HAYDEN: First, to answer your question, what do we do with all of the other records? Nothing. All right?
WALLACE: You keep it, though.
HAYDEN: Of course, because -- I mean, you get the cell phone with that number six months from now you want to know the history of that number. When does the value of that information begin to age off? So, you do retain the information so that you can ask questions of it in the future. With regard to abuse, there are no records of abuse under President Bush, under President Obama.
Now, I was criticized because I theoretically didn't have enough oversight mechanisms, but no one accused us of abuse. President Obama has in some ways added incredible oversight mechanisms to this. Again, no abuse under either president.
WALLACE: ... Back in 2006, Senator Obama voted against your nomination to be CIA director because of your involvement in government programs. From what you know and I understand you've been on the outside, how much has he changed? He expanded, restricted these government surveillance programs that he inherited....
HAYDEN: Expanded in volume, changed the legal grounding for them a little bit, put it more under congressional authorization rather than the president's Article II powers and added a bit more oversight. But in terms of what NSA is doing, there is incredible continuity between the two presidents.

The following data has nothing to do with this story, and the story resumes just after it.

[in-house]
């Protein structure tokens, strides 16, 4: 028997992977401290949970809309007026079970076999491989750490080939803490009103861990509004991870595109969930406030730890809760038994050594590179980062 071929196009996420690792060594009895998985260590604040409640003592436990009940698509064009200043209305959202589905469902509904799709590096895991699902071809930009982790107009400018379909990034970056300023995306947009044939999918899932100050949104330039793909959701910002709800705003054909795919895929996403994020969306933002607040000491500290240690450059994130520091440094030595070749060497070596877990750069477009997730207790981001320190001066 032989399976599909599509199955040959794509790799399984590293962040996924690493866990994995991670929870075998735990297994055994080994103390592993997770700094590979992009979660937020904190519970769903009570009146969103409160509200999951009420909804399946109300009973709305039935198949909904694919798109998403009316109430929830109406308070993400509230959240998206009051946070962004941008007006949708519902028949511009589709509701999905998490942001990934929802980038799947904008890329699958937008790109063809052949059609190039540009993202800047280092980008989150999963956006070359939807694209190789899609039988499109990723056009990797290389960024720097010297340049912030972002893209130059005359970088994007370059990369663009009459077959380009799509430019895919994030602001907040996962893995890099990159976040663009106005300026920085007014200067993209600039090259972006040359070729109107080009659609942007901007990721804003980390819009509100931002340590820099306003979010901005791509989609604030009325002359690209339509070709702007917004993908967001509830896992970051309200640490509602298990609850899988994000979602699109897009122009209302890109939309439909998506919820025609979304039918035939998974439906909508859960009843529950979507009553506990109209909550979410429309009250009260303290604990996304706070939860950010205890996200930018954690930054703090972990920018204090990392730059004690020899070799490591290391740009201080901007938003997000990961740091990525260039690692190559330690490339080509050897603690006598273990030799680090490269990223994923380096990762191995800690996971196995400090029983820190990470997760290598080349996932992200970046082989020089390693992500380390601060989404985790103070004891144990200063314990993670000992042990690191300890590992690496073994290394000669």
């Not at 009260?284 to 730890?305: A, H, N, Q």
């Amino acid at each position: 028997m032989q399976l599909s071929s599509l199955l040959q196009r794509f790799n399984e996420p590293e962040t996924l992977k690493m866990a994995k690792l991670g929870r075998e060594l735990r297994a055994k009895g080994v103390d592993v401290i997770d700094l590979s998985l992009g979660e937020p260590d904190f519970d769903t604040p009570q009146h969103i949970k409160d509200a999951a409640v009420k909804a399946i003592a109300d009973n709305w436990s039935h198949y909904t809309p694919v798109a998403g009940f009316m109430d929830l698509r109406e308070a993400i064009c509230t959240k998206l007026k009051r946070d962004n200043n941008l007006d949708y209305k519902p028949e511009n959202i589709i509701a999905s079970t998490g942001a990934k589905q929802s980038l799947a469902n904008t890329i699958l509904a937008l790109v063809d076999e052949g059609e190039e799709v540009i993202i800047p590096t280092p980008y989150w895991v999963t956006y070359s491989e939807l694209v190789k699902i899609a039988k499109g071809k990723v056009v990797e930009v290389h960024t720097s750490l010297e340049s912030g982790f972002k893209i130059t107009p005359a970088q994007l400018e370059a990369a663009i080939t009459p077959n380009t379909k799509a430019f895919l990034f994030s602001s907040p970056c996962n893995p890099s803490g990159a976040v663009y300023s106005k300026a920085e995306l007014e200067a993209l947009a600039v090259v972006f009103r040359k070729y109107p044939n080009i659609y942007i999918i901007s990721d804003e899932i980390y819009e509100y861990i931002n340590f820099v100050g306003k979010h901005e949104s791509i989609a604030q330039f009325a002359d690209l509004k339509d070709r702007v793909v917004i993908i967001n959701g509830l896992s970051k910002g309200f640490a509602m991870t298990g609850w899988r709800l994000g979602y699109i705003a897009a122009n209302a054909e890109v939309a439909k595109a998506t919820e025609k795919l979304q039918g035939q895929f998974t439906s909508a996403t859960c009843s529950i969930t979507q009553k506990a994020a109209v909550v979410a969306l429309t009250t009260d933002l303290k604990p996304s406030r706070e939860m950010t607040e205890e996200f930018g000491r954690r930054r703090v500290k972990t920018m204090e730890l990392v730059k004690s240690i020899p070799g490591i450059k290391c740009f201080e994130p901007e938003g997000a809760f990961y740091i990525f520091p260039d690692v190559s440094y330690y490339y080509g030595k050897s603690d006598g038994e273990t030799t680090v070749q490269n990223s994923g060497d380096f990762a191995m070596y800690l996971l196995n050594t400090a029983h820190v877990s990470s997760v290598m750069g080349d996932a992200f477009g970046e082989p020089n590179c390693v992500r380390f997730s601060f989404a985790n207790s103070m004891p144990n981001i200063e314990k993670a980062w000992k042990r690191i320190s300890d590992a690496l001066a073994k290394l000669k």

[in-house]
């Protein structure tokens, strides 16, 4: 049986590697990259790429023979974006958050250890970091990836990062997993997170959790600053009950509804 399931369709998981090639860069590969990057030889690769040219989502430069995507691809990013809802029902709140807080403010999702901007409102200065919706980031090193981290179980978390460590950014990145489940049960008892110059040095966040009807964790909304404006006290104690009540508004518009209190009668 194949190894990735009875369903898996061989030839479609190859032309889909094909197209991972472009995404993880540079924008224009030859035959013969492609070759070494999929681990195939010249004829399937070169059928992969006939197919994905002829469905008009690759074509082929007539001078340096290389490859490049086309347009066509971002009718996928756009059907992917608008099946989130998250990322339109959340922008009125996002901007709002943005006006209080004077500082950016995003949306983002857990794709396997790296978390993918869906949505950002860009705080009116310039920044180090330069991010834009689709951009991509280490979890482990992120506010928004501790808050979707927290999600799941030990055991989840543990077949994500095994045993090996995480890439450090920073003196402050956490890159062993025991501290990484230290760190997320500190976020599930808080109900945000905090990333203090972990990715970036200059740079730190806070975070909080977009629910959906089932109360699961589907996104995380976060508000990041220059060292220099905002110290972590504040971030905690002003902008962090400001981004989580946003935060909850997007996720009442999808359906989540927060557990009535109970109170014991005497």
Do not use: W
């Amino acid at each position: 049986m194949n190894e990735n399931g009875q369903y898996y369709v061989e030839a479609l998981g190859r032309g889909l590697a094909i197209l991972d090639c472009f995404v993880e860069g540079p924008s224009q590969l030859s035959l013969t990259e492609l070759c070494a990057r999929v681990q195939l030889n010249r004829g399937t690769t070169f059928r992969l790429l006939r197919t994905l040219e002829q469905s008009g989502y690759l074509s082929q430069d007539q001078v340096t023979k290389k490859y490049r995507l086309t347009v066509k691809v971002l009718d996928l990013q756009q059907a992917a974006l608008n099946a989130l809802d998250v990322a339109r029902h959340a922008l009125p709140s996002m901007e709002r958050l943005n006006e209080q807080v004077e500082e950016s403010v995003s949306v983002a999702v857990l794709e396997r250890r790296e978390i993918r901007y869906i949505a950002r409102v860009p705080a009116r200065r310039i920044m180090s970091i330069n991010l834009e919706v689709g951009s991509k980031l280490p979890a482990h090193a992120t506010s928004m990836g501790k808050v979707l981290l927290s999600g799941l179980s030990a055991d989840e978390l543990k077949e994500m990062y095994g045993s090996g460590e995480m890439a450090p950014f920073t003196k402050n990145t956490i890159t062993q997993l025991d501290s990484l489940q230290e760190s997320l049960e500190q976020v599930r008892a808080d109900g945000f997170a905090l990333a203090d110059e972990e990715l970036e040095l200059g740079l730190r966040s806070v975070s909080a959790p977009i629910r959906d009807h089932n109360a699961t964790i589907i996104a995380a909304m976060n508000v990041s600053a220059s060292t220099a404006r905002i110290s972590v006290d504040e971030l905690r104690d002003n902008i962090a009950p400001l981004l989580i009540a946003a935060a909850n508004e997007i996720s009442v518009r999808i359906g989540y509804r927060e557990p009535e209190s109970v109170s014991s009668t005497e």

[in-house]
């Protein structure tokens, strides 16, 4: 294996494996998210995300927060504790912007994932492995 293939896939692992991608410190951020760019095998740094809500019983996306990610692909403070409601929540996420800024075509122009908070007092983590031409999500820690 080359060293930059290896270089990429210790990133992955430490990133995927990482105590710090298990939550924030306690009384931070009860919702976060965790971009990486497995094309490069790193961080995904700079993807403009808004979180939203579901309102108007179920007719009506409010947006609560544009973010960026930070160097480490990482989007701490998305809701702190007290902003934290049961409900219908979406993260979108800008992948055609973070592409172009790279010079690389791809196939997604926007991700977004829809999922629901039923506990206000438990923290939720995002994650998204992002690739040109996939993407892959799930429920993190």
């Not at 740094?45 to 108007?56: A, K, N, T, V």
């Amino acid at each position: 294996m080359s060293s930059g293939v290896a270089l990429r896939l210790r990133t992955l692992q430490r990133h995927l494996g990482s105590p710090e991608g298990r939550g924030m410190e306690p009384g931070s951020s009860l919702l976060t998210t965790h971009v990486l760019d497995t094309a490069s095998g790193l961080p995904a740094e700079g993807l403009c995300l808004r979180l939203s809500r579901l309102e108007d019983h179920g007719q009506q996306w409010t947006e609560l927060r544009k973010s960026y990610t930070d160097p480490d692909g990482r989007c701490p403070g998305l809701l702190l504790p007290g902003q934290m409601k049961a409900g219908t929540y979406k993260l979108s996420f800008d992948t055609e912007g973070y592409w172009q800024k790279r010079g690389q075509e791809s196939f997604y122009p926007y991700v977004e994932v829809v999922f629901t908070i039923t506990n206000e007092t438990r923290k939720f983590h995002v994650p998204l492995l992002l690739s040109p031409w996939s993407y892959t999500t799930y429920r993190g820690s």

WALLACE: How do you mean he's expanded in volume?
HAYDEN: Well, it may just because we've gotten more of these records over time and with the amendment to the FISA Act in 2008, which Senator Obama finally voted for, NSA is actually empowered to do more things than I was empowered to do under President Bush's special authorization.
WALLACE: Well, Bill, as someone who I suspect thinks that these surveillance programs are a necessary part of the war on terror, do you worry that all the leaks, all the disclosures this week are going to create some sort of backlash?
BILL KRISTOL, THE WEEKLY STANDARD: I do, particularly because they're coming into context of genuine abuses of government power, especially by the IRS. I think the big thing to remember is national security is different from internal management of the government. We're dealing with foreign terrorist threats here. And, secondly, apparently this program really does require court orders to go target particular individuals or groups. You can't just then migrate through the whole database and data mine and say this looks suspicious. You need to say this is a group in Waziristan. Let's see who they're talking to. And if they're talking to me, you then have to go back to the court and get an order for me. That is not what the IRS did, obviously. Lois Lerner on her own decided let's target people who have Tea Party in there...
WALLACE: But you would agree that when Rand Paul says what he says about, you know, let's have specific targeting and let's not just Hoover off, vacuum up all of this information on law-abiding citizens, that certainly has at least a political appeal.
KRISTOL: Maybe. But honestly, I think the concern is Republicans are making a huge mistake. A, I think it's mischaracterizing what's happening. They're getting a lot of data because they don't want to have to go to Verizon and AT&T and everyone else each time they get a phone number. But they're not allowed to go into that data until they have a particular warrant signed off on by a judge, with some cause to suspect a foreigner of terrorism -- that is totally different from the IRS abuses, which I think are very serious. And I think it's very important for conservatives and Republicans to make that distinction....